RandomDataGenerator randomData = new RandomDataGenerator();
for (int i = 0; i < 1000; i++) {
value = randomData.nextLong(1, 1000000);
}

The following will not in general produce a good random sequence, since the PRNG is reseeded each time through the loop with the current time in milliseconds:
for (int i = 0; i < 1000; i++) {
RandomDataGenerator randomData = new RandomDataGenerator();
value = randomData.nextLong(1, 1000000);
}

The following will produce the same random sequence each time it is executed:
RandomDataGenerator randomData = new RandomDataGenerator();
randomData.reSeed(1000);
for (int i = 0; i = 1000; i++) {
value = randomData.nextLong(1, 1000000);
}

The following will produce a different random sequence each time it is executed.
RandomDataGenerator randomData = new RandomDataGenerator();
randomData.reSeedSecure(1000);
for (int i = 0; i < 1000; i++) {
value = randomData.nextSecureLong(1, 1000000);
}


### 2.3 Random Vectors

Some algorithms require random vectors instead of random scalars. When the components of these vectors are uncorrelated, they may be generated simply one at a time and packed together in the vector. The UncorrelatedRandomVectorGenerator class simplifies this process by setting the mean and deviation of each component once and generating complete vectors. When the components are correlated however, generating them is much more difficult. The CorrelatedRandomVectorGenerator class provides this service. In this case, the user must set up a complete covariance matrix instead of a simple standard deviations vector. This matrix gathers both the variance and the correlation information of the probability law.

The main use for correlated random vector generation is for Monte-Carlo simulation of physical problems with several variables, for example to generate error vectors to be added to a nominal vector. A particularly common case is when the generated vector should be drawn from a Multivariate Normal Distribution.

Generating random vectors from a bivariate normal distribution
// Create and seed a RandomGenerator (could use any of the generators in the random package here)
RandomGenerator rg = new JDKRandomGenerator();
rg.setSeed(17399225432l);  // Fixed seed means same results every time

// Create a GassianRandomGenerator using rg as its source of randomness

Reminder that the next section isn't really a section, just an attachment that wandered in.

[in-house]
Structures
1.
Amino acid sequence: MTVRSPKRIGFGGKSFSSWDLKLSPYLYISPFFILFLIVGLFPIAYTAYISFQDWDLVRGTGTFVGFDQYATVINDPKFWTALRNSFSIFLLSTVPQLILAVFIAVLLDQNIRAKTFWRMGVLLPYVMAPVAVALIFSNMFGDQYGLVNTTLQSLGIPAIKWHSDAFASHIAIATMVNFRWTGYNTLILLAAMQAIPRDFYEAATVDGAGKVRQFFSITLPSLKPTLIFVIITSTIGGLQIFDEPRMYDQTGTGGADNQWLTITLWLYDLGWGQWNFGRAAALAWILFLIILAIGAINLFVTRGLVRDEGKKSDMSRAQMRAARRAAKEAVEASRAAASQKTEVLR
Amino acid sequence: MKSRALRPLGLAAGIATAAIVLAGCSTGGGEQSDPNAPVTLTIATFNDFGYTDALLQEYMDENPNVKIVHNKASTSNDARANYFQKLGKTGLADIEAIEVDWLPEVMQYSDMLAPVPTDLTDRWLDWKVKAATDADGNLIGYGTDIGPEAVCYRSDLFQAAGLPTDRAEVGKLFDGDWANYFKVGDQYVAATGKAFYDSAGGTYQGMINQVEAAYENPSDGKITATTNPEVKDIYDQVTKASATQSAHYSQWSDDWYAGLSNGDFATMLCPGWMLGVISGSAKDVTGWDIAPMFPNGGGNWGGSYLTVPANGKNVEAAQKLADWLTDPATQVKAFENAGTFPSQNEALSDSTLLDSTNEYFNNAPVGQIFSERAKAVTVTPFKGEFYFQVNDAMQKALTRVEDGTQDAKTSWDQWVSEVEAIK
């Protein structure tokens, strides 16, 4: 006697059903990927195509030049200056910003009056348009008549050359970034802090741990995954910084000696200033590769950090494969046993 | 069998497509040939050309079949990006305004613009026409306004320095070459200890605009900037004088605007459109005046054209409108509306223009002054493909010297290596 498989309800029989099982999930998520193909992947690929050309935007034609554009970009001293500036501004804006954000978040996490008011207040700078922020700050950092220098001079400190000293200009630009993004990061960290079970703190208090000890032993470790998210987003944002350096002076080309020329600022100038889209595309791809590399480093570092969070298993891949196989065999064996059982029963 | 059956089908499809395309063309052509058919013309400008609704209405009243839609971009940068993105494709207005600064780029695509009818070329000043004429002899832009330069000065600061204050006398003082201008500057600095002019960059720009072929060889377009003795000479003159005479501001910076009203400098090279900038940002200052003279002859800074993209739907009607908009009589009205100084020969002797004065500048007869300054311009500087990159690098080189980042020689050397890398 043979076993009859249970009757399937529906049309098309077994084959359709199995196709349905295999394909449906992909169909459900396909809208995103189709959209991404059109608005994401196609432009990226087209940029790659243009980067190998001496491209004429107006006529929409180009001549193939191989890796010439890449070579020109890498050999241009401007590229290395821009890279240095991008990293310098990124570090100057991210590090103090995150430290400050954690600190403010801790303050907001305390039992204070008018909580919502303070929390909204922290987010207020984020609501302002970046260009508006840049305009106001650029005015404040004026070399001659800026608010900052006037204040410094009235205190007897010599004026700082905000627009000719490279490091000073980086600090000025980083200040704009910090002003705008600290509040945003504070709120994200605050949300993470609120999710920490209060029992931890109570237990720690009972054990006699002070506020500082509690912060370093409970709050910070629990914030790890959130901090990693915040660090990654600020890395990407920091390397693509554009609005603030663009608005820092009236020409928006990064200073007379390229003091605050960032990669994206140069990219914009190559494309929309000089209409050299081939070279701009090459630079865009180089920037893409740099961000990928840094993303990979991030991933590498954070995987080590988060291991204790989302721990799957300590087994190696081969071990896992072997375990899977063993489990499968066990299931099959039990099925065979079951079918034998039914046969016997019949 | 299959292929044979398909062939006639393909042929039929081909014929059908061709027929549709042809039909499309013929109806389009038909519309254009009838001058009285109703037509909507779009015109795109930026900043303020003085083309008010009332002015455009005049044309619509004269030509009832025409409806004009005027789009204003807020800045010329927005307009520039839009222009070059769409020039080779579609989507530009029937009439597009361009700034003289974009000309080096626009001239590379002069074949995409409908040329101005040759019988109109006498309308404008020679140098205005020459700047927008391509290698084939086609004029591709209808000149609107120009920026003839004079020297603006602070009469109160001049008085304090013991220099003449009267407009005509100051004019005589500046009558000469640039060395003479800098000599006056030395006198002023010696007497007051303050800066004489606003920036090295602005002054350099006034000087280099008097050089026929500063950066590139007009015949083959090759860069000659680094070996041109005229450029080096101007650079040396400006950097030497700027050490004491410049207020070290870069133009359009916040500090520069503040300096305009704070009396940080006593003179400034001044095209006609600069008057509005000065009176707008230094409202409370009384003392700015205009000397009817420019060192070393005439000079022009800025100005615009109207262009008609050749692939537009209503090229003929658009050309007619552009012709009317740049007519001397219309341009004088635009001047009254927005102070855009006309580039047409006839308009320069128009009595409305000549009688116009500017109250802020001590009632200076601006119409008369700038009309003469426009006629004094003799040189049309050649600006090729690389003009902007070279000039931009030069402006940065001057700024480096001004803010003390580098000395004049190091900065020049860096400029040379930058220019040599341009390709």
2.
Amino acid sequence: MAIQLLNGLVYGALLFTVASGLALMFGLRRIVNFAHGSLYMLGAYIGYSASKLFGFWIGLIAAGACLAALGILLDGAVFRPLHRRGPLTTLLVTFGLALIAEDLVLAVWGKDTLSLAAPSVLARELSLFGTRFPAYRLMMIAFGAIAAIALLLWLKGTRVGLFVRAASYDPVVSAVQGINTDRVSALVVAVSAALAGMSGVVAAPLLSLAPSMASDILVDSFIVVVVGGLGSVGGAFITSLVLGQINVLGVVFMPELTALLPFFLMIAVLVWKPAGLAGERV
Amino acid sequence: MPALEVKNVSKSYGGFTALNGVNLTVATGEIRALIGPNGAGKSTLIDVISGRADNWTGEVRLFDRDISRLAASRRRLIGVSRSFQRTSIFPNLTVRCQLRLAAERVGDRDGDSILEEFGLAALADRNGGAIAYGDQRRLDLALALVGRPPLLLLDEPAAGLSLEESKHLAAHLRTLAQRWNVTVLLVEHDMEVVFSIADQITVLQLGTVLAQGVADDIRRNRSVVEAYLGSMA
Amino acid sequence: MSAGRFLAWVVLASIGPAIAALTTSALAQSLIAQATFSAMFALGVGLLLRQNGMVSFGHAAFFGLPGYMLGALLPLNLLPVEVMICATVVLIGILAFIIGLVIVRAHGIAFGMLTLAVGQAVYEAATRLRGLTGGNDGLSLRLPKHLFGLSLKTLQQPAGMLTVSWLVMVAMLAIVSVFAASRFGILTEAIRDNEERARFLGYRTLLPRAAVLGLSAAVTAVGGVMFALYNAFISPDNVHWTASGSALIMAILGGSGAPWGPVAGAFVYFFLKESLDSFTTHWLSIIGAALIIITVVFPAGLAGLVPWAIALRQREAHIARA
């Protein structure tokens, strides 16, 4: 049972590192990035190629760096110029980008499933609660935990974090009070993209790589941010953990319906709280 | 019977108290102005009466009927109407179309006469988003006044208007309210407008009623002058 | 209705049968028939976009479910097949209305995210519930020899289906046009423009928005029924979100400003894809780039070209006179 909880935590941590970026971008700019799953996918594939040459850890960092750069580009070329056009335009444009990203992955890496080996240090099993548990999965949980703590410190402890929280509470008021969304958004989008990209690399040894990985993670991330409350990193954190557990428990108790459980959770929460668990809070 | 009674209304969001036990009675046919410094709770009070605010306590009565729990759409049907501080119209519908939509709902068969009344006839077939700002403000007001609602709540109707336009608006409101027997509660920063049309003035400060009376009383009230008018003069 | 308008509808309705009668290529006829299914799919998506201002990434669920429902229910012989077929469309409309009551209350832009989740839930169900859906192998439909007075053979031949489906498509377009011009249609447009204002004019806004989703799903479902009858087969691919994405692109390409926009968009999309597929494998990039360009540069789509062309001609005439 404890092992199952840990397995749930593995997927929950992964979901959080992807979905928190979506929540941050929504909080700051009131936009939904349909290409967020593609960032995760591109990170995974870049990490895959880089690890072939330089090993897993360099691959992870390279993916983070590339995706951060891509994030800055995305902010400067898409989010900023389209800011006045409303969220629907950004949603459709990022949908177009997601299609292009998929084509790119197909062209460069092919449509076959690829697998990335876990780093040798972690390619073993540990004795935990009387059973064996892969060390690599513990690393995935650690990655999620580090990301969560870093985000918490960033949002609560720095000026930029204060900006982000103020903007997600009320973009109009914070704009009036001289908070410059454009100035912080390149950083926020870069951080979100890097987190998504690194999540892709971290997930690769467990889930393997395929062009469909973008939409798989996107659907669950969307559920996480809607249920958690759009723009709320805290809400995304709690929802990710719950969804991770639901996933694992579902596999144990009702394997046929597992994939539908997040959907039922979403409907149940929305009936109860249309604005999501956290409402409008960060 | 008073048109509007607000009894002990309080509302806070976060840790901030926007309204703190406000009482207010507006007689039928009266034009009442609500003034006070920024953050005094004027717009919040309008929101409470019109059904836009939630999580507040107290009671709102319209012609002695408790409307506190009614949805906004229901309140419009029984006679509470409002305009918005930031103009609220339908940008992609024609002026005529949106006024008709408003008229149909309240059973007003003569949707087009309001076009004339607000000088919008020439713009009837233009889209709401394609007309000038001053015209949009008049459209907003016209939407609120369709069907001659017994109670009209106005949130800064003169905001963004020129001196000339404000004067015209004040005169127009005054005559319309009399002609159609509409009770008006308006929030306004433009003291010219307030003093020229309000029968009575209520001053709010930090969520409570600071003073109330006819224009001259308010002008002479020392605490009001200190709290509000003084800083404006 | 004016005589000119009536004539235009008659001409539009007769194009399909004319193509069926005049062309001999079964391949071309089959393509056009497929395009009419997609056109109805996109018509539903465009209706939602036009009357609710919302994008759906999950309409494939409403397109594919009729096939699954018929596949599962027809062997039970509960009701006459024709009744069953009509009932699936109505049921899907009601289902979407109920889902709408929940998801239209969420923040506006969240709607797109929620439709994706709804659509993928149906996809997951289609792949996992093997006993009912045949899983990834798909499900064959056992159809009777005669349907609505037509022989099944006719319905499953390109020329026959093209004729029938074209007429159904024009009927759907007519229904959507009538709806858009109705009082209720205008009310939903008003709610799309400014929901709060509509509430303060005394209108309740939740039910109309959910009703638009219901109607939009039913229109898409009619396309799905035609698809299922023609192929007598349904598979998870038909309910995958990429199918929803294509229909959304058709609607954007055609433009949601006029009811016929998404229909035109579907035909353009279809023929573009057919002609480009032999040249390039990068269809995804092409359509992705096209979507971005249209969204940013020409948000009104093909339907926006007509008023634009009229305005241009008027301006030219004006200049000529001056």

GaussianRandomGenerator rawGenerator = new GaussianRandomGenerator(rg);

// Create a CorrelatedRandomVectorGenerator using rawGenerator for the components
CorrelatedRandomVectorGenerator generator =
new CorrelatedRandomVectorGenerator(mean, covariance, 1.0e-12 * covariance.getNorm(), rawGenerator);

// Use the generator to generate correlated vectors
double[] randomVector = generator.nextVector();
... 
The mean argument is a double[] array holding the means of the random vector components. In the bivariate case, it must have length 2. The covariance argument is a RealMatrix, which needs to be 2 x 2. The main diagonal elements are the variances of the vector components and the off-diagonal elements are the covariances. For example, if the means are 1 and 2 respectively, and the desired standard deviations are 3 and 4, respectively, then we need to use
double[] mean = {1, 2};
double[][] cov = {{9, c}, {c, 16}};
RealMatrix covariance = MatrixUtils.createRealMatrix(cov); 
where c is the desired covariance. If you are starting with a desired correlation, you need to translate this to a covariance by multiplying it by the product of the standard deviations. For example, if you want to generate data that will give Pearson's R of 0.5, you would use c = 3 * 4 * .5 = 6.

In addition to multivariate normal distributions, correlated vectors from multivariate uniform distributions can be generated by creating a UniformRandomGenerator in place of the GaussianRandomGenerator above. More generally, any NormalizedRandomGenerator may be used.

Low discrepancy sequences